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Left at Home or, The Heart's Resting Place

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TOP, Mr. Arthur, if you please. You are not to go upstairs. Mistress left orders for you to stay in the library until she came down.”

So spoke the younger servant at Ashton Grange, as Arthur rushed upstairs three steps at a time.

“Why, what’s the matter? Why shouldn’t I go upstairs? Is anything the matter?”

“I don’t know, Mr. Arthur, whether there is much the matter; but I am afraid Miss Mildred is ill. The doctor is upstairs, and mistress said there is not to be a sound of noise.”

These words quite sobered Arthur, as he turned from the stairs and went into the library. It was a pleasant room at all times, but especially so on a winter’s evening, when the frosty night was shining clear and cold without. A bright fire was blazing, lighting up the crimson carpet and curtains, and sparkling on the snowy table-cover, where preparations for such a tea were made as Arthur was usually at this time prepared to appreciate. But as he sat down on the rug, and, holding his face in his two hands, gazed earnestly into the fire, he was not thinking of his hunger. A very grave expression was on his boyish face. He was thinking of what the housemaid had told him, and wishing very much to know more.

“Why, what can be the matter with baby?” he thought. “She was all right when I went out. She can’t be so very bad, I should think, all in a minute. No; I don’t believe she is. I’m hungry.”

And Arthur started up, and came nearer the table, intending to help himself to something. But then he stopped, and thought again—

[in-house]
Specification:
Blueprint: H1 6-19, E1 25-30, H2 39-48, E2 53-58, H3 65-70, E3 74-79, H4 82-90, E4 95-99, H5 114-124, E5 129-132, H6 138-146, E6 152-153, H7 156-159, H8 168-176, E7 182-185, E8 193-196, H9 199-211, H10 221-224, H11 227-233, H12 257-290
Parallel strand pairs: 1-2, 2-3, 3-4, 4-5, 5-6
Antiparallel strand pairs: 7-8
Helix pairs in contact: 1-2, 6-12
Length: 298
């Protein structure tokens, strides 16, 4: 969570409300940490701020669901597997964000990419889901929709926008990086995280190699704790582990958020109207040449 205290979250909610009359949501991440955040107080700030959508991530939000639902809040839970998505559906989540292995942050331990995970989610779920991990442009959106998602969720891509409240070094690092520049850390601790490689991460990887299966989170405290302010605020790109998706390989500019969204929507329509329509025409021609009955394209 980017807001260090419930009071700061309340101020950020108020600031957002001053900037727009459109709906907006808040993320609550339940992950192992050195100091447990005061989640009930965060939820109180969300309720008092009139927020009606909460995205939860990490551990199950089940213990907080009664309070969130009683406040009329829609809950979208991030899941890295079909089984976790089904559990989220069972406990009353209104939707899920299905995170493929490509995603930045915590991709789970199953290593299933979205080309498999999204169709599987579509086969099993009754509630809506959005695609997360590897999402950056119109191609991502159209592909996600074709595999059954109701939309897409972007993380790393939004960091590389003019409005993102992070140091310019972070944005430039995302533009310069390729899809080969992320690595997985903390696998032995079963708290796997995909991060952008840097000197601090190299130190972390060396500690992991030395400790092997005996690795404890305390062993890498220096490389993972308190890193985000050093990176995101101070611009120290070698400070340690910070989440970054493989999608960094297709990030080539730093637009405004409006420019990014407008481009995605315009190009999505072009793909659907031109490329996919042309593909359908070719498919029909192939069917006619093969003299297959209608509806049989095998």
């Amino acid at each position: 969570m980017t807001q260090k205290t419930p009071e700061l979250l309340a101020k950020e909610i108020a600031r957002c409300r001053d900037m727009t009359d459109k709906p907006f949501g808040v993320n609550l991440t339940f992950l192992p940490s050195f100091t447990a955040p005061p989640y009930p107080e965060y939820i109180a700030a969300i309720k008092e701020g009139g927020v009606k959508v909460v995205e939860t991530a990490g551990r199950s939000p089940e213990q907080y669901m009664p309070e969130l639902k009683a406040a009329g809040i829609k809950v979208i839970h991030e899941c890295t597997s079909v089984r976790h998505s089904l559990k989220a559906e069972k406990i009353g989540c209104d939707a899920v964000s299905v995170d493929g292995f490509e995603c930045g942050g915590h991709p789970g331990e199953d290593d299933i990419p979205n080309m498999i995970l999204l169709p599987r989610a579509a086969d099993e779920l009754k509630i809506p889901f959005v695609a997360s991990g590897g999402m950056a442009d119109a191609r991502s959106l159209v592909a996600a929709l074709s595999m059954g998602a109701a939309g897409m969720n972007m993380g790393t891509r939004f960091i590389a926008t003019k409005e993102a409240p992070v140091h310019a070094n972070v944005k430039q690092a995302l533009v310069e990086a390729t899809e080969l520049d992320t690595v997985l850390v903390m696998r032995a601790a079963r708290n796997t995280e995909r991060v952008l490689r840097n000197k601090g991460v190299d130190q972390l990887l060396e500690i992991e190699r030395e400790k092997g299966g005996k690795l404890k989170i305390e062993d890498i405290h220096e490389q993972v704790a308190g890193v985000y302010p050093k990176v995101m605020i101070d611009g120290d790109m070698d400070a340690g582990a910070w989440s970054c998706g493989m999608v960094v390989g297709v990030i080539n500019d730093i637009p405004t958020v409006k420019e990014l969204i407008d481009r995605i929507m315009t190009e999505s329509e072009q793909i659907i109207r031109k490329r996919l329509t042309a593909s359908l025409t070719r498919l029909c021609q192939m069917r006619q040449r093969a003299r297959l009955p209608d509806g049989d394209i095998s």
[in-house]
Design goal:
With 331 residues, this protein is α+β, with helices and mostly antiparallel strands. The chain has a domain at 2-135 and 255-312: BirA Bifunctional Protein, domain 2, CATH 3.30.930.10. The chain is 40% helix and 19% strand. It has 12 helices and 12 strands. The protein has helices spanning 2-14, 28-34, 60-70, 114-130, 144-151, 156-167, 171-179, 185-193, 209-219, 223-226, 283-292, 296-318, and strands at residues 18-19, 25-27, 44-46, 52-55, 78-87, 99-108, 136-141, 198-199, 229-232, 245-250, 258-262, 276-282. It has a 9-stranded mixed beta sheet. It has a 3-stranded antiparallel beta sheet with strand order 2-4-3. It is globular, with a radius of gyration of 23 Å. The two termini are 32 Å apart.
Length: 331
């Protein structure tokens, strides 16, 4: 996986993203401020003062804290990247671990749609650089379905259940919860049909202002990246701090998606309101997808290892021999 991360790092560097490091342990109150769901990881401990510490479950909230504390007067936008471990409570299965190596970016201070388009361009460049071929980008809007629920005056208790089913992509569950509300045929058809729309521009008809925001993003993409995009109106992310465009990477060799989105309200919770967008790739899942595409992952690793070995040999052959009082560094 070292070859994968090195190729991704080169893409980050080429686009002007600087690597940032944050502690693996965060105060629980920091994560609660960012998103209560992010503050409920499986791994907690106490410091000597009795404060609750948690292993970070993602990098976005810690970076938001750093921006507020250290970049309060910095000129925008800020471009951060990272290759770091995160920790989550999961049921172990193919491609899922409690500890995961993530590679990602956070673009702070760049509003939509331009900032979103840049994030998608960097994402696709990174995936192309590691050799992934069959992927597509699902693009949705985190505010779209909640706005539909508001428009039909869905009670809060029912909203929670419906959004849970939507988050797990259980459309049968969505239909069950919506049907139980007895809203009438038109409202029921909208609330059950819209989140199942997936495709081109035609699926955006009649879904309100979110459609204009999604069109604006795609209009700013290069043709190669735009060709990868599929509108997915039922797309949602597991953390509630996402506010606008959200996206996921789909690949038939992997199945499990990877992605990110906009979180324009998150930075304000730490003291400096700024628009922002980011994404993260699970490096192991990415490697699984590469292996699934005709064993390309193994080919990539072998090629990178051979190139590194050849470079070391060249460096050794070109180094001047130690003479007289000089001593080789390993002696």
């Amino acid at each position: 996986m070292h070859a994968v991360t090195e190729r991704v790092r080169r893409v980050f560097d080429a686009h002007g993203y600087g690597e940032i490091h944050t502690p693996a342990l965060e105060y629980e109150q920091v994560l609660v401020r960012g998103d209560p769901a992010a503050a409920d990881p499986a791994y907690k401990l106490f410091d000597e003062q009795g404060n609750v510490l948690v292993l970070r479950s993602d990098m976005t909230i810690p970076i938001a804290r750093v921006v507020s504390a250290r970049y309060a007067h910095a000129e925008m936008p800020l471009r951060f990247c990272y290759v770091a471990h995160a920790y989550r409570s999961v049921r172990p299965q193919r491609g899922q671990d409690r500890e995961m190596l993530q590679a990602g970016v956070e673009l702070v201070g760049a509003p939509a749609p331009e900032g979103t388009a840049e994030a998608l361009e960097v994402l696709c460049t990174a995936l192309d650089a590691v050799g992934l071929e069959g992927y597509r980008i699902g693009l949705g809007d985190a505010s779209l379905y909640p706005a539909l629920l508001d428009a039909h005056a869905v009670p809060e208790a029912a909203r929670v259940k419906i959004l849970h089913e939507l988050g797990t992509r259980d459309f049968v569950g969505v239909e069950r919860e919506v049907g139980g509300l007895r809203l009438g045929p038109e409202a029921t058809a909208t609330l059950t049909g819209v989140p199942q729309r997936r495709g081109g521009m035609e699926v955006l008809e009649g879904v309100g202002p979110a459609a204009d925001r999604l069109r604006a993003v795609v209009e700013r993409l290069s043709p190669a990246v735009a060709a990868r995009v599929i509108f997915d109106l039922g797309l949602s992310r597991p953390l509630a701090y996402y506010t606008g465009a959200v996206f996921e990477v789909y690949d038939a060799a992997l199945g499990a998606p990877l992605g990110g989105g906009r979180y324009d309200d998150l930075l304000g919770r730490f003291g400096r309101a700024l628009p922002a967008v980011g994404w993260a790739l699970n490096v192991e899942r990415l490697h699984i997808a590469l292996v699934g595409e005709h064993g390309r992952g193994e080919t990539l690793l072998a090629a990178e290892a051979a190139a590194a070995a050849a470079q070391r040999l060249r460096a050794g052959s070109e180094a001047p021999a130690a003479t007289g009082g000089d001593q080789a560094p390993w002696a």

“I suppose she is though, or else the doctor wouldn’t be here, and every one wouldn’t have to be so quiet. Oh, dear, I wish mother would come. I wish she would come. I do wish very much she would come.”

Then he thought of creeping quietly upstairs, and listening outside the nursery door; and the temptation to do so was very strong; but he remembered his mother’s injunction, and sat down again on the rug. But it was very hard to wait. It would have been a great deal easier to Arthur to do almost anything else just then. One half hour and then another passed, and no sound came to break the stillness which was in the house, till Arthur’s head dropped on his hand for weariness, and in a few minutes he was fast asleep. How long he remained so he hardly knew; but he did not wake until a gentle step came on the stairs. The door was softly opened, and Arthur’s mother entered the room. She was very pale, and had a sad, sad look on her face, and just sank wearily down in an easy-chair, on the opposite side of the fireplace to her little boy, who was wide awake now.

“Oh, mother, is it true what Anna says about Mildred, that she is so very ill?” asked Arthur breathlessly. He had come nearer to his mother, and, leaning his chin on her knee, he looked eagerly up in her face.

“Yes, Arthur;” and the hand that was pressed on his forehead to stroke back his brown hair was hot and trembling....